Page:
The Mayor's June 10, 2011 e-mail response to Salk stated that "it is not the intention of the Borough [] to take the property by eminent domain at this time. On the recommendation of our planning board[,] council will consider [] adopt[ing] a Plan of Redevelopment and Rehabilitation for the property in question along with several other properties in the general area."

LB argued it was, in essence, the real party in interest so the Borough was obligated to negotiate with it, the Borough did not engage in bona fide negotiations, Sapio's appraisal did not represent the fair market value of the property, and the Borough did not act in good faith in proceeding with the condemnation. Judge Fernandez-Vina rejected these arguments.


On appeal, LB renews these arguments as follows:




A. The Borough Failed to Treat the Condemnees With Absolute Candor.


B. The Borough Failed to Engage in Bona Fide Negotiations with Malik.


C. The Borough Did Have a Duty to Engage in Bona Fide Negotiations with LB.








Based on our review of the record and applicable law, we reject these arguments.

We first consider whether the Borough had a legal duty to engage in bona fide negotiations with LB. Questions of law are subject to de novo review. Manalapan Realty, L.P. v. Twp. Comm. of Manalapan, 140 N.J. 366, 378 (1995). Judge Fernandez-Vina properly rejected this argument based on the language and spirit of the Act, as well as the case law. We are not convinced there are unique circumstances here warranting a deviation from established principles.

The Act provides, in pertinent part:

[N]o action to condemn shall be instituted unless the condemnor is unable to acquire such title or possession through bona fide negotiations with the prospective condemnee, which negotiations shall include an offer in writing by the condemnor to the prospective condemnee holding the title of record to the property being condemned, setting forth the property and interest therein to be acquired, the compensation offered to be paid and a reasonable disclosure of the manner in which the amount of such offered compensation has been calculated, and such other matters as may be required by the rules. Prior to such offer, the taking agency shall appraise said property and the owner shall be given an opportunity to accompany the appraiser during inspection of the property. . . . In no event shall such offer be less than the taking agency's approved appraisal of the fair market value of such property. A rejection of said offer or failure to accept the same within the period fixed in written offer, which shall in no case be less than 14 days from the mailing of the offer, shall be conclusive proof of the inability of the condemnor to acquire the property or possession thereof through negotiations. . . . Neither the offer nor the refusal thereof shall be evidential in the determination of compensation.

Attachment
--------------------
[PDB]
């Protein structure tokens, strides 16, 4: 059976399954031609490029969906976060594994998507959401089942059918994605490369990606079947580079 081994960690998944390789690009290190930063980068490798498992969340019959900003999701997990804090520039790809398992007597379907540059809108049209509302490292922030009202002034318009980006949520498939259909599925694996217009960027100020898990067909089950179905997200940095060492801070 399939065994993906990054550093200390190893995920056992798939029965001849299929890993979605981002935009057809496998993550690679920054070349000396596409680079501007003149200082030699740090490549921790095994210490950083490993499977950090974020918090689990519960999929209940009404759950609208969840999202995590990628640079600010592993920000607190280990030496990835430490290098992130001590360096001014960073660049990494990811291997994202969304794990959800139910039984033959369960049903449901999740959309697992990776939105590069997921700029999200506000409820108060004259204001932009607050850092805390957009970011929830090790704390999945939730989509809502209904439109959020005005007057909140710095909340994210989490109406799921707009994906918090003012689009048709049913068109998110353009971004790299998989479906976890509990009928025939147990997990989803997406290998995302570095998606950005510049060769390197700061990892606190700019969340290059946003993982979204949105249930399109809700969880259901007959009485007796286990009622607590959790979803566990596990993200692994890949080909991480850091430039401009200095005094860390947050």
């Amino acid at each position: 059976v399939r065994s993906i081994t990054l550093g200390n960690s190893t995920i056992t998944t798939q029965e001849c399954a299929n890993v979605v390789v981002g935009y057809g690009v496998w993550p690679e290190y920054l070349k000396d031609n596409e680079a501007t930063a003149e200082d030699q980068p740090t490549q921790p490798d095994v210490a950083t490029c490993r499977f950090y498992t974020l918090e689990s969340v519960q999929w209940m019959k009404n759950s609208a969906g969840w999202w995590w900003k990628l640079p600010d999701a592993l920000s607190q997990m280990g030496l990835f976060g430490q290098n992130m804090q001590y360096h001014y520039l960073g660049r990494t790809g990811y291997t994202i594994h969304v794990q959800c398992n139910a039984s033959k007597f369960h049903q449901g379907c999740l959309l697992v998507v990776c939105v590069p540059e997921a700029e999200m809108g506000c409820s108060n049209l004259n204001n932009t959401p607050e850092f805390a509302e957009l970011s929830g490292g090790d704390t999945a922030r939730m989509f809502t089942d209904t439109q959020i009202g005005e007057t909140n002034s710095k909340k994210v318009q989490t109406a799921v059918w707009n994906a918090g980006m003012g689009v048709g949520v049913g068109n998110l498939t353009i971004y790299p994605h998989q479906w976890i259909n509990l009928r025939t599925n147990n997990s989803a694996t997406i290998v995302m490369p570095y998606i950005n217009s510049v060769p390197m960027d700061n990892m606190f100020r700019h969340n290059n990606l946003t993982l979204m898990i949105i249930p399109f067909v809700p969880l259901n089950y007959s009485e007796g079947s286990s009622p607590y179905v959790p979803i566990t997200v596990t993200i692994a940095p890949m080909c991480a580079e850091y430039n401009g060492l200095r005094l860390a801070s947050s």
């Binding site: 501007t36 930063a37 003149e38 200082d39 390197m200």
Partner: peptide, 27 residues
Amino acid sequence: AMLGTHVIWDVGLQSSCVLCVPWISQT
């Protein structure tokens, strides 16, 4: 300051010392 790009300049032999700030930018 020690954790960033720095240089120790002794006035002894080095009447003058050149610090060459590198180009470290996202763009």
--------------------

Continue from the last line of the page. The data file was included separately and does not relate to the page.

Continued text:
[N.J.S.A. 20:3-6 (emphasis added).]


"If the government does not conduct the requisite negotiations, the condemnation complaint will be dismissed." Town of Kearny v. Disc. City of Old Bridge, Inc., 205 N.J. 386, 406 (2011).

In City of Atlantic City v. Cynwyd Investments, 148 N.J. 55, 70-72 (1997), the Supreme Court held that the condemning authority was not legally required to negotiate with a lessee of the property, but only with the title owner, and in fact, specifically declined to extend to the ninety-nine-year leaseholder the same protections as to the owner in fee for purposes of condemnation. The Court noted the distinction between the general definition of "condemnee" in the Act, i.e. "the owner of an interest in the private property being condemned for a public purpose under the power of eminent domain[,]" N.J.S.A. 20:3-2(c), and the specific section, N.J.S.A. 20:3-6, mandating that the bona fide pre-litigation negotiations are to be undertaken with the condemnee "who holds title of record to the property." Id. at 70.

The Court explained that the "title of record" qualification "avoids the difficult requirement of negotiating with each condemnee having an interest in the property." Ibid. According to the Court, to hold otherwise would create the burdensome and problematic situation, for example, in "the case of a highway widening abutting a strip mall," of requiring the State to first "negotiate with the mall owner, the anchor tenants, the mortgagees, and others having 'an interest in the property being condemned.'" Ibid. The Court was satisfied that the "rights of all other condemnees with a compensable interest are better protected by allowing them to participate later" at a commissioners' hearing where valuation is determined, N.J.S.A. 20:3-12, and court proceeding when the compensation is allocated, N.J.S.A. 20:3-34; R. 4:73-9. Ibid.

In Discount City, supra, the Court reaffirmed the principle that "where a fee simple is being condemned, negotiations will take place with the fee owner alone." 205 N.J. at 407 (citing Cynwyd Investments, supra, 148 N.J. at 70-71). In that case, however, the record owner of the property was also the redeveloper so the leasehold was the sole interest being condemned. Disc. City, supra, 205 N.J. at 396. The Court compared the obligations of a condemning authority when a fee simple interest is being condemned with the condemnation of a leasehold interest, standing alone, and held that in the latter instance, the lessee has the same rights as a property owner-condemnee, including the right to bona fide negotiations: